In C (Looked After Child) (Covid-19 Vaccination)  EWHC 2993 (Fam), a private case before Mr Justice Poole, at the Family Division of the High Court sitting in Grimsby on 4.11.21, the court ruled that a 12 year old boy in local authority care can be vaccinated against Covid-19 despite his mother’s objections. This was said to be the first case of its kind.
The boy, referred to a ‘C,” cannot be identified. He has been a ‘looked after child’ after the Local Authority brought care proceedings and obtained a care order for him in 2015. C wanted the winter flu and Covid vaccines. His father and the local authority both supported him, but his mother objected. The case of has been reported on the British and Irish Legal Information Index (‘BAILII’) as: https://www.bailii.org/ew/cases/EWHC/Fam/2021/2993.html
The local authority, who had parental responsibility for C under section 33 of the Children Act 1989, consented to C receiving both vaccines. It was in the process of arranging for the boy to receive them when the mother objected. Her objections were said to be implacable.
In a previous case, Re H (A Child) (Parental Responsibility: Vaccination)  EWCA Civ 664, the Court of Appeal held that a local authority with a care order can arrange and consent to a child in its care being vaccinated, where it is satisfied that it is in the best interests of that individual child, notwithstanding the objections of parents. But this legal point had never been tested in relation to the Covid-19 or winter flu vaccines. (A link to the case of Re H (A Child) (Parental Responsibility: Vaccination) can be found at https://www.bailii.org/ew/cases/EWCA/Civ/2020/664.html
At the beginning of the hearing the mother, who had difficulty obtaining a solicitor to assist her, applied for an adjournment in order that she could seek legal representation and expert evidence. The judge refused her application, saying that expert evidence was not necessary in order to resolve the proceedings justly, and that her Article 6 rights to a fair hearing under the Human Rights Act 1998 were met by her being able to present her case, and that adjourning the proceedings would be disproportionate, as there was no certainty she could obtain a solicitor within a reasonable period of time. (For the Human Rights Act 1998 see https://www.legislation.gov.uk/ukpga/1998/42/contents).
Children aged 12 to 15 have been able to obtain a Covid vaccine since 12.9.21. A week later the boy told his mother he wanted the vaccine, and told his social worker the following day. The mother quickly sent the local authority a ‘vaccine refusal declaration’ signed by her, leaving the local authority no option but to issue proceedings for permission to vaccinate the boy.
The UK Health Security Agency guidance said the UK’s chief medical officers had all agreed that vaccinating 12 to 15-year-olds would provide young people with “good protection” against severe illness, and should also help reduce the need for young people to have time off school and reduce the risk of the spread of Covid in schools, the guidance said.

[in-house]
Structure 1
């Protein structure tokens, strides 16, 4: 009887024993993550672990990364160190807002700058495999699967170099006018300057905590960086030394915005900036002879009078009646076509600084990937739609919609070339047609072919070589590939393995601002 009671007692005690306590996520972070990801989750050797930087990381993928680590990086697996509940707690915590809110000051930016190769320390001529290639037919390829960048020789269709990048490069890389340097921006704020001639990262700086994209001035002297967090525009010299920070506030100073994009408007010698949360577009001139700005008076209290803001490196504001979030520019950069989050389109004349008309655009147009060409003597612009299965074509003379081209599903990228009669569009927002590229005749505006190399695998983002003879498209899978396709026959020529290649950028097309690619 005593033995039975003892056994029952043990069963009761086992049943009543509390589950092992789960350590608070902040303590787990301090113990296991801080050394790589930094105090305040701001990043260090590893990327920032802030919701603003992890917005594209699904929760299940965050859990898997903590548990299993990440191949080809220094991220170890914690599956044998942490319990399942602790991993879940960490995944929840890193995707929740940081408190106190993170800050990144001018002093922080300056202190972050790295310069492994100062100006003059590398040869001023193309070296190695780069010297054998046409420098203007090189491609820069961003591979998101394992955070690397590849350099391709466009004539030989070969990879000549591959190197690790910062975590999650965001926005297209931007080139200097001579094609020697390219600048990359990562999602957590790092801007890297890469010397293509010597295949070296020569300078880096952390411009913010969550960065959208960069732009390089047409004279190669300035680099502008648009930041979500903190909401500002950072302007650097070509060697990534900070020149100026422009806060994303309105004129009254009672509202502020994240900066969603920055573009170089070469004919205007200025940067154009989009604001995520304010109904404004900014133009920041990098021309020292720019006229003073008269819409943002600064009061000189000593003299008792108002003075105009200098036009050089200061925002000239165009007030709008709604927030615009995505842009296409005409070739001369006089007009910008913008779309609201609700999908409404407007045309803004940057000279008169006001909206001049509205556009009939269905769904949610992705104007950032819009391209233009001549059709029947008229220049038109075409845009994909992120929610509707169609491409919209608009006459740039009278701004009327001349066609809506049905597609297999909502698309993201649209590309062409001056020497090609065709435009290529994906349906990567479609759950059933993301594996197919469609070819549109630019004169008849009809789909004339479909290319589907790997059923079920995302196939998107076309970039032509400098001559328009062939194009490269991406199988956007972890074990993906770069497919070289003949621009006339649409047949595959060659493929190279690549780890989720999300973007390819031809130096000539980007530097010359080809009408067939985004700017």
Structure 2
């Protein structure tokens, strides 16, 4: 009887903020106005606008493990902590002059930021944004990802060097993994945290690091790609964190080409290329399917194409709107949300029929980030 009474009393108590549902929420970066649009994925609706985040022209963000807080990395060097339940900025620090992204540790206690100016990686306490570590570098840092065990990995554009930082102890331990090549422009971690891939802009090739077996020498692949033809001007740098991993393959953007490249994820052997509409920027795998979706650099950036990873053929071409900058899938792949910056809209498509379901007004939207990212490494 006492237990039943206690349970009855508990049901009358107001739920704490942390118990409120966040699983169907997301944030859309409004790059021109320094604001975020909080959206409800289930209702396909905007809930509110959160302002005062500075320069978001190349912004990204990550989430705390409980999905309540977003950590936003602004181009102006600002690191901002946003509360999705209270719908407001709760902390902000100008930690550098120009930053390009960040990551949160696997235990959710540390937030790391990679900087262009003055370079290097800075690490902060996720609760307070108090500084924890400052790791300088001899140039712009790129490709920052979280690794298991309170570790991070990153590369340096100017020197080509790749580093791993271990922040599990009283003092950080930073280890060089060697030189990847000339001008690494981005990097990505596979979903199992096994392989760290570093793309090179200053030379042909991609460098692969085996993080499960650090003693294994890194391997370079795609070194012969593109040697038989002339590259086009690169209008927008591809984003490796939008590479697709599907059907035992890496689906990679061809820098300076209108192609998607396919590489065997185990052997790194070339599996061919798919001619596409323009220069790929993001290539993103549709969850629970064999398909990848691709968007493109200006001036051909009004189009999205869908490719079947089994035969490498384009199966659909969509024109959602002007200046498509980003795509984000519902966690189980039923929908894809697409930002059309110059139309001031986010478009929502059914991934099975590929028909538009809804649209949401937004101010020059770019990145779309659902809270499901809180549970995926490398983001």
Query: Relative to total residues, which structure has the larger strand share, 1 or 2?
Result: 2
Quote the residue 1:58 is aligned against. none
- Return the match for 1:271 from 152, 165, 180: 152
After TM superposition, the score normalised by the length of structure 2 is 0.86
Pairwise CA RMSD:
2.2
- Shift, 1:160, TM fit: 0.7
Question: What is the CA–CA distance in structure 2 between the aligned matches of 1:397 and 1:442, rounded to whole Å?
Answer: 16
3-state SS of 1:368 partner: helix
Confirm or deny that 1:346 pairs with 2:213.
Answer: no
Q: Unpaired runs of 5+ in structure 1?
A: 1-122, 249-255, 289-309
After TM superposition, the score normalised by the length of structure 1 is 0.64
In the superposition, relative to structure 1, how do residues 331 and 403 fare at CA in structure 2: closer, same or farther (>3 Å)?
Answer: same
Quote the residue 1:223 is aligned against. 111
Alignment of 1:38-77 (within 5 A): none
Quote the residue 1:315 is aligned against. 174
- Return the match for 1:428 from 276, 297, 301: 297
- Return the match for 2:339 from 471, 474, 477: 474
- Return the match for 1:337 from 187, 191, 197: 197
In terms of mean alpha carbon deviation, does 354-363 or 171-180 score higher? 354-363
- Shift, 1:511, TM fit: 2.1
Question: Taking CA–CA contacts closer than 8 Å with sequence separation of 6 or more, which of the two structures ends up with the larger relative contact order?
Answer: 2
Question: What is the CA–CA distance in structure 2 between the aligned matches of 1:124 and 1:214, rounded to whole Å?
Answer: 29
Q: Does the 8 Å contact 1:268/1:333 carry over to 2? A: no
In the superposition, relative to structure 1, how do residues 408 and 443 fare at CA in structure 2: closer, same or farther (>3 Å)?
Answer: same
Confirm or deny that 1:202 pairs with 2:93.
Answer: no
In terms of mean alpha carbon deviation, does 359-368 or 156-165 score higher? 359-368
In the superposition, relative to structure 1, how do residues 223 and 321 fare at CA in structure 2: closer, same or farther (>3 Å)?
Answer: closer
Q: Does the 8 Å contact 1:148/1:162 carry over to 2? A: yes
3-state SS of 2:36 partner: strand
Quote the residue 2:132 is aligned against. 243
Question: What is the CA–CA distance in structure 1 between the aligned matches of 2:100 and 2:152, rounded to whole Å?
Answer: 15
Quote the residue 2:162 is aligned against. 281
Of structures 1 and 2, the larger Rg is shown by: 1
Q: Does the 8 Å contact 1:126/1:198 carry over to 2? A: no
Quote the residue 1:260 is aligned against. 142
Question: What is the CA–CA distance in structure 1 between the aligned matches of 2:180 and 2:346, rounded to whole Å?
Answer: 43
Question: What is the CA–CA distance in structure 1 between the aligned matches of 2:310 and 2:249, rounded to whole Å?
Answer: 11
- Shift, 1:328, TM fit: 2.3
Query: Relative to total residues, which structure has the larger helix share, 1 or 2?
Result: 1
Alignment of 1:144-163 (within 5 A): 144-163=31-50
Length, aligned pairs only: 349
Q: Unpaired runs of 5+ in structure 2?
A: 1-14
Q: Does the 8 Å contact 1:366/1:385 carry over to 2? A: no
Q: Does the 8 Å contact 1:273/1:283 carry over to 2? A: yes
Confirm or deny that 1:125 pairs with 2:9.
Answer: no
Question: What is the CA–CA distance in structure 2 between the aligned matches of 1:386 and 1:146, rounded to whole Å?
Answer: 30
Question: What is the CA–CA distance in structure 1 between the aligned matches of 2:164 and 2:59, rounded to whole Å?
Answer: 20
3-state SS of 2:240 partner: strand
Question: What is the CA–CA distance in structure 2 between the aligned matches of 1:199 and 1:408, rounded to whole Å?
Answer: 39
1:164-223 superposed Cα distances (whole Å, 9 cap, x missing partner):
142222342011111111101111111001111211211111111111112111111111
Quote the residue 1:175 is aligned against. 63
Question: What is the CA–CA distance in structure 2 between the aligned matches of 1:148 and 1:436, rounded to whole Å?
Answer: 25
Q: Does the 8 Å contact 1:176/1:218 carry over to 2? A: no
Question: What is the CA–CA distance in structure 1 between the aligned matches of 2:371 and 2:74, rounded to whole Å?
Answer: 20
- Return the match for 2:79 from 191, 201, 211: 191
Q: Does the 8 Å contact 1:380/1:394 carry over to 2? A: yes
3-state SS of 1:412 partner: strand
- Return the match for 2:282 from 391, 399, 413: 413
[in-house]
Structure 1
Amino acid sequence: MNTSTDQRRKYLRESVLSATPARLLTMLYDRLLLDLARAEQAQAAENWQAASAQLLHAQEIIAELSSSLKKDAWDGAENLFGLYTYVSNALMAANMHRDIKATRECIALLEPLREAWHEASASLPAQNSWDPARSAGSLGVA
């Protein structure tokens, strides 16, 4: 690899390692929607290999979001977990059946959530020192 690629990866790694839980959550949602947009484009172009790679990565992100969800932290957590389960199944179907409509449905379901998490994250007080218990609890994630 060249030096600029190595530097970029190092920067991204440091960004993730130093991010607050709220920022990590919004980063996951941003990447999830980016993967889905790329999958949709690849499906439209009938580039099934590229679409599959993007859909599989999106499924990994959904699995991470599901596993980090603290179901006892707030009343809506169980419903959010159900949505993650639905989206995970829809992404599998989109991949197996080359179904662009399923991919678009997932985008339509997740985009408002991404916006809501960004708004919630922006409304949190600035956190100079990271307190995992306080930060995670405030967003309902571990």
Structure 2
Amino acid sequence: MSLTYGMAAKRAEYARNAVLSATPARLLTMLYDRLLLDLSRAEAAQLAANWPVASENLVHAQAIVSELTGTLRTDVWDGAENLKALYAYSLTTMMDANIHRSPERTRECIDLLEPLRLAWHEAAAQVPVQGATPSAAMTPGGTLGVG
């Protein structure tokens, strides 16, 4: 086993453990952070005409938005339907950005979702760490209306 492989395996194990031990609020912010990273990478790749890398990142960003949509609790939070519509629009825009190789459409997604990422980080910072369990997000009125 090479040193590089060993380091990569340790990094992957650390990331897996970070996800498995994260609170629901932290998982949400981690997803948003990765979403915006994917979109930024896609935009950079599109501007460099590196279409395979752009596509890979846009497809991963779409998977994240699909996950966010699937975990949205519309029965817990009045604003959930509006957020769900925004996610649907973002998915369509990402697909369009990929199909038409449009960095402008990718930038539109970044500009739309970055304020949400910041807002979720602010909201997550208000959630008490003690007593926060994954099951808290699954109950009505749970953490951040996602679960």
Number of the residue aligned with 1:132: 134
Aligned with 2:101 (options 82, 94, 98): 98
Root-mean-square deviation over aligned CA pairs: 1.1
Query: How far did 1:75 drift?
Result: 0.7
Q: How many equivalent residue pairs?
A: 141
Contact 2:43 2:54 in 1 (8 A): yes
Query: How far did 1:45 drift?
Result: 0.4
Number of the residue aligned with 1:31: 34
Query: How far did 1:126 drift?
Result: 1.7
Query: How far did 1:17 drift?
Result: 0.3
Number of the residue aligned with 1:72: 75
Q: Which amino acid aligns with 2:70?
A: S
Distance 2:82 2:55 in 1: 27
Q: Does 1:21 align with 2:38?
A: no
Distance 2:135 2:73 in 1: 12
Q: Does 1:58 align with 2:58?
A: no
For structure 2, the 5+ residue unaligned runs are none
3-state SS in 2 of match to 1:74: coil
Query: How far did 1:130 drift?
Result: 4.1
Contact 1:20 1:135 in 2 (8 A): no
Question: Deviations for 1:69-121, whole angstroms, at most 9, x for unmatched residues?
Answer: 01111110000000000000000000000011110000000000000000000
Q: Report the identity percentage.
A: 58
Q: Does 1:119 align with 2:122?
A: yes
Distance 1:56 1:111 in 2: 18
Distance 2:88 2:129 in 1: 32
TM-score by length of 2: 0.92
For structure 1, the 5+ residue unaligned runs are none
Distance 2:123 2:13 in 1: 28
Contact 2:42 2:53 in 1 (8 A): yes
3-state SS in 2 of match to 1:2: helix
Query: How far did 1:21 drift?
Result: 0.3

The mother argued that, although C had no underlying health conditions, he should not receive the Covid vaccine until there was compelling evidence that it was safe and effective. She considered it to be unsafe, and objected to the winter flu vaccine being given at the same time for similar reasons. She asked the court who would be responsible if C suffered an adverse reaction, including fatal complications following vaccination, because she would hold them responsible. The mother did not accept that either vaccine would be effective in protecting C or other children. She did not accept that the decisions about the national programmes of vaccination were based on sound scientific evidence.
A Guardian had been appointed to present the child’s views to the court. She interviewed C and told the court he was frustrated by his mother’s attitude, and regards his mother’s opposition as not being very “smart”. The Guardian said C had weighed up the evidence about the vaccines, and had reached a settled view that he wishes to have them both. He was particularly concerned not to infect a disabled child that lived with him in his current local authority placement. The Guardian was satisfied that C understood the decision about vaccination and had considered the pros and cons for himself carefully.
The judge declined to consider the merits of the Covid and winter flu vaccines, as they had all been approved by the Government under a national programme. He allowed for the possibility that there may be real factors in an individual child’s situation that could be sufficient reason to challenge whether that child should have the vaccinations. But no such factors were present in this case.
The judge also allowed for cases where the child concerned was legally competent to make his or her own decisions about vaccines, ‘Gillick competence’ under a test set out in the case of. Gillick v West Norfolk and Wisbech Area Health Authority  3 WLR 830,  1AC 112. (Link to Gillick https://www.bailii.org/uk/cases/UKHL/1985/7.html.) The decisions of such a Gillick competent child can only be overridden by the court in certain circumstances.
The judge held that in the absence of any factors of substance that might realistically call into question whether the vaccinations are in an individual child’s best interests, decisions for the child to undergo standard vaccinations that are part of national vaccination programmes are not to be regarded as “grave” decisions having profound or enduring consequences for the child.
The judge said in closing that in the great majority of cases involving looked after children, no application will need to be made by the local authority to the court in respect of decisions to proceed with Covid-19 and/or flu virus vaccinations provided under a national programme, even when there is parental objection.